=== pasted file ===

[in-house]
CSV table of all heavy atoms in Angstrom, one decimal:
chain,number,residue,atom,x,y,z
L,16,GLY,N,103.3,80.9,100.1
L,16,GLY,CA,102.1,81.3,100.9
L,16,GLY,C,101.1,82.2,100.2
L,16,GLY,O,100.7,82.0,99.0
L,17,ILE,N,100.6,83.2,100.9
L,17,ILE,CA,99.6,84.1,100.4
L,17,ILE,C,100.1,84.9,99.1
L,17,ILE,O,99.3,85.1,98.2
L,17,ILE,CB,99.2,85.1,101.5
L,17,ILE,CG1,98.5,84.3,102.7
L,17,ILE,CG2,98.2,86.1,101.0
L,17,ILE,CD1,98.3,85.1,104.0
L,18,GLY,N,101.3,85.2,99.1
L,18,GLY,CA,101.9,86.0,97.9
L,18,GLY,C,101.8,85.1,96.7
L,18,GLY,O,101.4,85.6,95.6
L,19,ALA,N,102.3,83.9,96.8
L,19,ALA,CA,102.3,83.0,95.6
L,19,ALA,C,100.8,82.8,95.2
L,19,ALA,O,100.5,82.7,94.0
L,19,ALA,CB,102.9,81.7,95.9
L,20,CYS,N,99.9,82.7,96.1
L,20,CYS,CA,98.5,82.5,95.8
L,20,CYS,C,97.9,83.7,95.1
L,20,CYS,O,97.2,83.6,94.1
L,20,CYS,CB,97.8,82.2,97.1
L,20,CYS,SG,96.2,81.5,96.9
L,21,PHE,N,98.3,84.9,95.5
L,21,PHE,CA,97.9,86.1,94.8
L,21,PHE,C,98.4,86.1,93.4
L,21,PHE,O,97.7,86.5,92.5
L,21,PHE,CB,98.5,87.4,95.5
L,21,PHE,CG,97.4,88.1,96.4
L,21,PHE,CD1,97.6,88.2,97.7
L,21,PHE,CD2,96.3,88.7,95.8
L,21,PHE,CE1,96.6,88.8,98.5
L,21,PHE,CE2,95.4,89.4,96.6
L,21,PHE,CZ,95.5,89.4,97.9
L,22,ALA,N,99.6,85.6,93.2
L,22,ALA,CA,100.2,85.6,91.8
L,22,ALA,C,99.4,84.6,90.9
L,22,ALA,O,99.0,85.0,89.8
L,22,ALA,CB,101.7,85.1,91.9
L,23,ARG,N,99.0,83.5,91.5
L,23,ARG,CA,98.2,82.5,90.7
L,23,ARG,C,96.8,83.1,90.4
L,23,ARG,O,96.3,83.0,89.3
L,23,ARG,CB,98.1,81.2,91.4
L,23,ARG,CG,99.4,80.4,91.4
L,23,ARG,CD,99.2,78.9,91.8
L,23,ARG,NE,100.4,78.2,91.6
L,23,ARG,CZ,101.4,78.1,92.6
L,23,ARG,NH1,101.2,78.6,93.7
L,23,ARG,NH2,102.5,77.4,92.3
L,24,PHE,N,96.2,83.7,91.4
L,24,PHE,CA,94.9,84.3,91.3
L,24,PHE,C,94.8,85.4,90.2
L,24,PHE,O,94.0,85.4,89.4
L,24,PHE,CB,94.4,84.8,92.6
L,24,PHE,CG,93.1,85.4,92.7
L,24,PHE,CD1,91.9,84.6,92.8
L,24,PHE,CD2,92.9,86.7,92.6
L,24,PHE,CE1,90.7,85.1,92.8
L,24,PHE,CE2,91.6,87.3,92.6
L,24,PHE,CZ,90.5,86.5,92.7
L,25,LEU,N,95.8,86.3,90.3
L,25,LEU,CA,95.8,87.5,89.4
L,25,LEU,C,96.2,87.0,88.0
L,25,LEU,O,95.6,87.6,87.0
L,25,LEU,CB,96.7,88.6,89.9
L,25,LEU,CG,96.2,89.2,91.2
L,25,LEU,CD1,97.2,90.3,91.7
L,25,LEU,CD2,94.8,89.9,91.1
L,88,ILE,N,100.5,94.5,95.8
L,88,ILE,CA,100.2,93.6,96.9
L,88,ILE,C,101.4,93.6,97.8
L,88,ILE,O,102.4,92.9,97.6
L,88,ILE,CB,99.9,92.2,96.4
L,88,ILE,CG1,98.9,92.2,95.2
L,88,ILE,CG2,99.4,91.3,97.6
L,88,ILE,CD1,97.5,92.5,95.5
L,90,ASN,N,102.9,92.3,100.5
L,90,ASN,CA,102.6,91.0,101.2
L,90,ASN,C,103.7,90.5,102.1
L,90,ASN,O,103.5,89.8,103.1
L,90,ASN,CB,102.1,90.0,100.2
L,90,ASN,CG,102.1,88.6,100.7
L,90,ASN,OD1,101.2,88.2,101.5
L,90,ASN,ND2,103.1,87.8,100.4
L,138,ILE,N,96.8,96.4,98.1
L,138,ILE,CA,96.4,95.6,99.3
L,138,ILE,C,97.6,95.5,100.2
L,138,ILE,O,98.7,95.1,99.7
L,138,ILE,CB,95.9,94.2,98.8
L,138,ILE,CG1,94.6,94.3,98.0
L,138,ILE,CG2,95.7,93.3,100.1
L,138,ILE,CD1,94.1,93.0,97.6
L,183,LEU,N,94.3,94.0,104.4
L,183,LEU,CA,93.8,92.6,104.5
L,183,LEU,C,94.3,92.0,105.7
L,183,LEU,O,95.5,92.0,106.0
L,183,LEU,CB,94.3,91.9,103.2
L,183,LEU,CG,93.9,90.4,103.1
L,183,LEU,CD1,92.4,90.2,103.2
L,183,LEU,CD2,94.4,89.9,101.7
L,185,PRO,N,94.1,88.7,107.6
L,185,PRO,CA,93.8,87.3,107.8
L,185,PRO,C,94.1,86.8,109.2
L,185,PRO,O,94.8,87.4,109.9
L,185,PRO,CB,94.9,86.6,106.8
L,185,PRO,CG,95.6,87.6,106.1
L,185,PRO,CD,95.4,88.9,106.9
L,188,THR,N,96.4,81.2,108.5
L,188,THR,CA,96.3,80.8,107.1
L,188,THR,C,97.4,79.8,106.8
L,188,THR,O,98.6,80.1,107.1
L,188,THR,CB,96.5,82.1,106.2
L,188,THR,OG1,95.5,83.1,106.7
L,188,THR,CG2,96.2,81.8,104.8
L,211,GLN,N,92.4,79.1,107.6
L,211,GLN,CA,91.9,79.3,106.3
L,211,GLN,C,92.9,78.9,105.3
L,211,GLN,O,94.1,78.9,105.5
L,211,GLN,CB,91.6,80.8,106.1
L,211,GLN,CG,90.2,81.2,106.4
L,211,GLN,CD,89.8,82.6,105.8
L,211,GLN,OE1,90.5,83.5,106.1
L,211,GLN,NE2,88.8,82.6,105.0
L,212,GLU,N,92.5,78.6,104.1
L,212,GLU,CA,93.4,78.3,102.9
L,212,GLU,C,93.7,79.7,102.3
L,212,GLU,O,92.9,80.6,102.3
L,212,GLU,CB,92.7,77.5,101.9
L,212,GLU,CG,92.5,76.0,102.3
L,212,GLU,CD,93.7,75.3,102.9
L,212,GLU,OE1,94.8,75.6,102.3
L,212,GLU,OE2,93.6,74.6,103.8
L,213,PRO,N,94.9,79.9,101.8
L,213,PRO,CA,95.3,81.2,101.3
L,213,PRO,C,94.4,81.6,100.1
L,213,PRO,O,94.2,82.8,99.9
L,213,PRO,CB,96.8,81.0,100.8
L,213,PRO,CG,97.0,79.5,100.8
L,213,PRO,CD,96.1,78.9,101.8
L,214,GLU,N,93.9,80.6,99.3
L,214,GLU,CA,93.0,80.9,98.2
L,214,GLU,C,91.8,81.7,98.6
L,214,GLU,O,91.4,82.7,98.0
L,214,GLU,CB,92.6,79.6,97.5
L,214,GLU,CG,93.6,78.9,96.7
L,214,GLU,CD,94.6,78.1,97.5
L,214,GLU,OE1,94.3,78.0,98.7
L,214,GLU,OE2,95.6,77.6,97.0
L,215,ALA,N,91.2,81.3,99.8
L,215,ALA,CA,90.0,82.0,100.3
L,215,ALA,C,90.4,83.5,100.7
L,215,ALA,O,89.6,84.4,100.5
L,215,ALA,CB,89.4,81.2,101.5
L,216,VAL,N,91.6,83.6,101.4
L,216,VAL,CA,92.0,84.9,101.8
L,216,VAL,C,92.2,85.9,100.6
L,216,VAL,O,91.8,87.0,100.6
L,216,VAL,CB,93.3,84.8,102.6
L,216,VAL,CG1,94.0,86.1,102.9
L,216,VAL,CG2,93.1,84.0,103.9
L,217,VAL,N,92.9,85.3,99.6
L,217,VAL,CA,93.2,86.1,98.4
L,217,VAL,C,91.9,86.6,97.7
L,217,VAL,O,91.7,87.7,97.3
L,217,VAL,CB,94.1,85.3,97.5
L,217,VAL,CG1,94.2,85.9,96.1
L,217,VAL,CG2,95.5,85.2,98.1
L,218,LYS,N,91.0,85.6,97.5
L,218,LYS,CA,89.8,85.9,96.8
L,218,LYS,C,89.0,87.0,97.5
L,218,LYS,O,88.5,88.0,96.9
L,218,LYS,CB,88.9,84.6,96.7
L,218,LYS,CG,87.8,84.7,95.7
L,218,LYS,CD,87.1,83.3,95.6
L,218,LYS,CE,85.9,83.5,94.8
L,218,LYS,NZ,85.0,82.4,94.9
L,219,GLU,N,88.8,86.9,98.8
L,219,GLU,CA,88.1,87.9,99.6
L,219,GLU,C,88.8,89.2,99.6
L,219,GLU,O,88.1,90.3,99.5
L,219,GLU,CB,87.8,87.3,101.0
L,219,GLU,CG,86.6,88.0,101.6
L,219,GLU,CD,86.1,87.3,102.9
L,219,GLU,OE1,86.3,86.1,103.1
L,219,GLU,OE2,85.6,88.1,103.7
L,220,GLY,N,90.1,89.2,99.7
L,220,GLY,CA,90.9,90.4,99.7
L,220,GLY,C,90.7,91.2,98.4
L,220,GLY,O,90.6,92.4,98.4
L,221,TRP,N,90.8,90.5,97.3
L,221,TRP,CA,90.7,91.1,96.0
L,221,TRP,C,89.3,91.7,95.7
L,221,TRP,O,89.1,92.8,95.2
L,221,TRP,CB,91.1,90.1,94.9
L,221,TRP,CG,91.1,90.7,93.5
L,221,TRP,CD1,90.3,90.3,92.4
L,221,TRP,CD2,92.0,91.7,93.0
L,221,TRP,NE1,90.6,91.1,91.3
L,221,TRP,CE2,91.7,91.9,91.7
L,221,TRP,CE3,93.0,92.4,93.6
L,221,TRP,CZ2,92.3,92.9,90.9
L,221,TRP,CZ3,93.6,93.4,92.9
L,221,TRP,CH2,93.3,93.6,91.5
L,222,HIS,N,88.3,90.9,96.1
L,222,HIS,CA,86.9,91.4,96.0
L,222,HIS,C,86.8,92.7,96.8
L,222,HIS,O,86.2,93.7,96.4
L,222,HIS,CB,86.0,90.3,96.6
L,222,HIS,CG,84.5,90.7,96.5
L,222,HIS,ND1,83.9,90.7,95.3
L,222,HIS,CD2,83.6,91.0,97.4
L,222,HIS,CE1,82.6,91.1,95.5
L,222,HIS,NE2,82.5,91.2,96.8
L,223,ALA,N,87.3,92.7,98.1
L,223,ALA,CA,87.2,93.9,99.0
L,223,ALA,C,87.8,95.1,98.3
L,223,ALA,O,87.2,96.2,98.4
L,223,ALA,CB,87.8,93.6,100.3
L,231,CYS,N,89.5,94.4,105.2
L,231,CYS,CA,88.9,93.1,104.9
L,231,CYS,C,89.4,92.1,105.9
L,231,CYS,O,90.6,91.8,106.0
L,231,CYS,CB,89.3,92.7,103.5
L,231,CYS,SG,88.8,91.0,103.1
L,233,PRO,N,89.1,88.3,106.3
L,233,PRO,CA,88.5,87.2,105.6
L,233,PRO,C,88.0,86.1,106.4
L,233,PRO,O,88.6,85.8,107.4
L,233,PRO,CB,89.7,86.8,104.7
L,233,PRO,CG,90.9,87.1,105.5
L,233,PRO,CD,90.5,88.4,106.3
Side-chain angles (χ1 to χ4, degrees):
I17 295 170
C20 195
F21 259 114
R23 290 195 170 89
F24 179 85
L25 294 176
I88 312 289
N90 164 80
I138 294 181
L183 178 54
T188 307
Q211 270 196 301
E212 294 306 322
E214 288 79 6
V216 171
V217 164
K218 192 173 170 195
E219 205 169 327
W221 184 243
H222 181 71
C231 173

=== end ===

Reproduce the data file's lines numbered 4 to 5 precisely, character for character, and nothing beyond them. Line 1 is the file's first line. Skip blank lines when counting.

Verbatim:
L,16,GLY,N,103.3,80.9,100.1
L,16,GLY,CA,102.1,81.3,100.9